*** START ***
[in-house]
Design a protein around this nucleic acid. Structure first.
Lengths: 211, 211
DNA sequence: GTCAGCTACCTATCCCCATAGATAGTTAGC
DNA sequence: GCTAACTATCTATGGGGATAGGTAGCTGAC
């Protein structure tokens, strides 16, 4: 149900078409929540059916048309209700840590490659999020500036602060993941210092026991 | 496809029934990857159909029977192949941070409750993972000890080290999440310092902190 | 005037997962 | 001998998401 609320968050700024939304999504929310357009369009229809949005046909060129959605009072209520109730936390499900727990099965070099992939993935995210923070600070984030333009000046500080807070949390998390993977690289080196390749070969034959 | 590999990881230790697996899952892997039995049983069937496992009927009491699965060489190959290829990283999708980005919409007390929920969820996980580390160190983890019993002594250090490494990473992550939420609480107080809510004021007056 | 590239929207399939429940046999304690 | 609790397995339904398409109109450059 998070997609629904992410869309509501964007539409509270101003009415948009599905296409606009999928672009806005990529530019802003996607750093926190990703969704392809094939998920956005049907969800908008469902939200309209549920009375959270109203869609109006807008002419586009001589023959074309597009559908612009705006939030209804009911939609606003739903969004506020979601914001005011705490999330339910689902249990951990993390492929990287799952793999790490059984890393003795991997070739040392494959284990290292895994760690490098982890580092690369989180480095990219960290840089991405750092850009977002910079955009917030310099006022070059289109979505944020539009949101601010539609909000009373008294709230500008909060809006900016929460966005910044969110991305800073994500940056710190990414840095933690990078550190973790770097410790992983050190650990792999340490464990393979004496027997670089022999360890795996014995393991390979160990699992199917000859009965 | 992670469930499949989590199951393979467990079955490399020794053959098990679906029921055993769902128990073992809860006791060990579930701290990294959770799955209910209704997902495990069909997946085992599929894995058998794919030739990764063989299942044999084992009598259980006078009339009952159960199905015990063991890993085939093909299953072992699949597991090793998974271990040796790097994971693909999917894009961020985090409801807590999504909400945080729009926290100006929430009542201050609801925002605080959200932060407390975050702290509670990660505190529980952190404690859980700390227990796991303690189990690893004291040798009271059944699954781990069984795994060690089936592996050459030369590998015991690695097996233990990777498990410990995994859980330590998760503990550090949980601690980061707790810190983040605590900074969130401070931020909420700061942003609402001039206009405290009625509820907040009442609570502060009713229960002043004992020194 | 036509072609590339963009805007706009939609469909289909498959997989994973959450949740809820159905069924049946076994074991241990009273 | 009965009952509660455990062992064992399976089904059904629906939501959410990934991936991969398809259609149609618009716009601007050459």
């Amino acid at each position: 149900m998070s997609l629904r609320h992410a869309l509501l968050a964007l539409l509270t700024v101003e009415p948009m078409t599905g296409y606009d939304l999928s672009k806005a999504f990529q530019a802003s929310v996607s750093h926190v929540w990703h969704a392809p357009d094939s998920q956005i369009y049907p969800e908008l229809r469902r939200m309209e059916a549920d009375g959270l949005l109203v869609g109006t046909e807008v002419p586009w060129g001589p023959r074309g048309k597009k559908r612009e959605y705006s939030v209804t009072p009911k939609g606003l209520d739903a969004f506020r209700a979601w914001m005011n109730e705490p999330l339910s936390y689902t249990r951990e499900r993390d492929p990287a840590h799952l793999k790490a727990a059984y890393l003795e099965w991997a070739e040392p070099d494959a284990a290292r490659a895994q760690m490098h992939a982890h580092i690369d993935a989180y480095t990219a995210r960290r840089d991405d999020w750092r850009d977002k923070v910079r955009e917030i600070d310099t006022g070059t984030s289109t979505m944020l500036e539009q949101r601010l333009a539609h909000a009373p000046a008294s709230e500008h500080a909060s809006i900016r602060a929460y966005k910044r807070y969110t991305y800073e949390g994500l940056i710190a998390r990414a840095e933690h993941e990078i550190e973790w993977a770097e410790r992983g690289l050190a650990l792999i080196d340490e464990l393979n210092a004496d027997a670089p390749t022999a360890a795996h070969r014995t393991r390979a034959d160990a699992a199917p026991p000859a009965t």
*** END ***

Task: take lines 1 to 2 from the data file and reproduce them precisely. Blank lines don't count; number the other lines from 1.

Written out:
[in-house]
Design a protein around this nucleic acid. Structure first.